Beer market of Russia 2016: PET goes to draftThe beer market of Russia was warmed up by the hot summer, but the preparation for large volume PET prohibition has already impacted it negatively. The year was successful for Efes, MBC and regional producers; Carlsberg’s positions were virtually stable but AB InBev and Heineken lost a part of market share having focused on the sales profitability. The dynamics of big brands was determined by how much the companies were willing to keep the prices down or by their promotional activity. In this context the economy segment of the beer market and sales of inexpensive draft beer were increasing. The premium segment started shrinking due to license brands migrating to the mainstream segment.
Beer market of Vietnam: “Young tiger”Vietnam is one of the few big beer markets that continue to grow steadily. The beer popularity results from its low price, street consumption culture, and social motives. The outlooks of beer market as well as the Vietnamese economy inspire optimism, though the country is heavily dependent on export of goods. The state regulation can be called liberal, but the key risk for brewers is harbored in intensive rising of excise. Within TOP-4 there are two leaders, Sabeco and Heineken that grow at the fastest rates. The first company effectively employs its capacities, the second one focuses on marketing technologies. Almost 80% of the market belongs to century-old brands, yet the middle class and the youth are shifting their interest toward international premium that is growing taking share from the mainstream.
Analysis of beer market in China (on Russian)
Beer market of Ukraine: big three losing weightIn 2016, fast increase of excises and resulting price spike stood in the way of the beer market stabilization. Most of competition (as well as mass sorts) moved to the economy segment of the market. The biggest losses were incurred by the leading three, especially Obolon, which again experienced pressure after reallocation of Efes market share. However, one should already speak of TOP-4. Group Oasis CIS (PPB) became a strong player and competitor to transnational companies. Besides the net sales of many regional medium breweries look rather good and 16-fold cost reduction wholesale trade license for craft brewers opens up a possibility of rapid growth in 2017.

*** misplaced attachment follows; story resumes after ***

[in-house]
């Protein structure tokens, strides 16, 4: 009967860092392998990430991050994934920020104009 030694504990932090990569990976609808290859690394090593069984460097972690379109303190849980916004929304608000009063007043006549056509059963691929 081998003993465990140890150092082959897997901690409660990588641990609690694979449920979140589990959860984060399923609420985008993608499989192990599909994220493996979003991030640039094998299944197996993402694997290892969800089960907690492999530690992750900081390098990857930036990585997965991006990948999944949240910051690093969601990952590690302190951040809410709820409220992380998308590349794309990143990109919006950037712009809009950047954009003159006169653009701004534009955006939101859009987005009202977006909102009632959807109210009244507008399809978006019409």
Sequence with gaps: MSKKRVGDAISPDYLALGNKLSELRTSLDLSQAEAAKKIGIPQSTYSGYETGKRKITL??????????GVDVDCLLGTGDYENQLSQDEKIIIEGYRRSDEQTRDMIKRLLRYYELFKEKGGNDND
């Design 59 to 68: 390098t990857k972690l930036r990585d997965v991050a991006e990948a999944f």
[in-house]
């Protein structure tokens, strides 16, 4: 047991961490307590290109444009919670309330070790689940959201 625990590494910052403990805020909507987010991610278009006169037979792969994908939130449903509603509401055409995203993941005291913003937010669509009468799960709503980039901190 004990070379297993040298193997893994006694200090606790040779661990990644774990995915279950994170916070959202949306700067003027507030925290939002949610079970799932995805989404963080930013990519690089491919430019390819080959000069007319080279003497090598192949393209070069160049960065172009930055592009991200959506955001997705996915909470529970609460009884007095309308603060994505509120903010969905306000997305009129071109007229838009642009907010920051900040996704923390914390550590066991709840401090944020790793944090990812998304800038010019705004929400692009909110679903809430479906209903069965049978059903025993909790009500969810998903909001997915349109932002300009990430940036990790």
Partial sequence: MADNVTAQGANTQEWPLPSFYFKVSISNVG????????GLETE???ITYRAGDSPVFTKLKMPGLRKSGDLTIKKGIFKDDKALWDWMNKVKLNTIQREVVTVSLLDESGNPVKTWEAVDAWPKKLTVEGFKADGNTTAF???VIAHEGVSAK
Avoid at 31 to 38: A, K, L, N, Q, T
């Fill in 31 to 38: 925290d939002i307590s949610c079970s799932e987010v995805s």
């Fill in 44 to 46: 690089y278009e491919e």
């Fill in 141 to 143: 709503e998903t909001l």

Ireland. New report shows marked shift in beer sales from the on to the off trade in 2010
· Irish Brewers Association call for supports for pubs, bars, and restaurants
The share of beer sold in Irish pubs fell significantly in 2010 according to the Irish Brewers Association (IBA). Despite the fact that the Irish beer market showed signs of stabilisation in 2010, following a decade of falling consumption, there was a marked shift in volumes from the on-trade to off-licences and supermarkets.
Commenting on the data, contained in the IBA’s Irish Beer Market 2010 report, Senior Executive Stephen Lynam said “The report contains good news and bad news for Ireland’s brewing sector. Although sales are down, the decrease is relatively minor compared to recent years. The steady decline of the last ten years, which accelerated in 2008 and 2009 has slowed.
“Net exports are up, and production in Ireland’s breweries has increased as well.
“Unfortunately, the report shows the continuing decline of the pub sector. We already know that the pub trade has lost a quarter of its business in the last few years, and this has had a subsequent impact on beer sales. Simultaneously, we have seen an increase in beer sales in off-licences and supermarkets. 33% is sold in the off-trade, up from 29% in 2009.
“The report shows that for the first time beer’s share of the alcohol market has fallen below 50%.
“Other results from the report show that lager continues to dominate the beer market, with 60% of sales, and Ireland’s per capita beer consumption stands at around 90 litres- much less than countries like the Czech Republic and Germany.
“Uniquely among alcohol categories, the Irish brewing industry invests over €400m in the Irish economy to produce, market, export and sell its products. Beer production remains the most important within the drinks industry in terms of indigenous manufacturing, providing jobs in major brewing facilities throughout the country.
“IBA members directly employ over 1,400 people in their operations. Employment in supplying sectors arising from beer production and sales is estimated at 5,000 jobs while employment generated in other sectors linked to the beer industry is estimated at 35,000.
“What is more, the beer industry invests over €100m in Irish agricultural products and supports over 3,000 farming families. Three quarters of the malted barley used to make beer in Ireland is sourced locally.
“The report shows how important it is to encourage people back into the great Irish pub and to protect the domestic market. We hope that the measures announced recently in Jobs Initiative will help that happen.”
9 Jun. 2011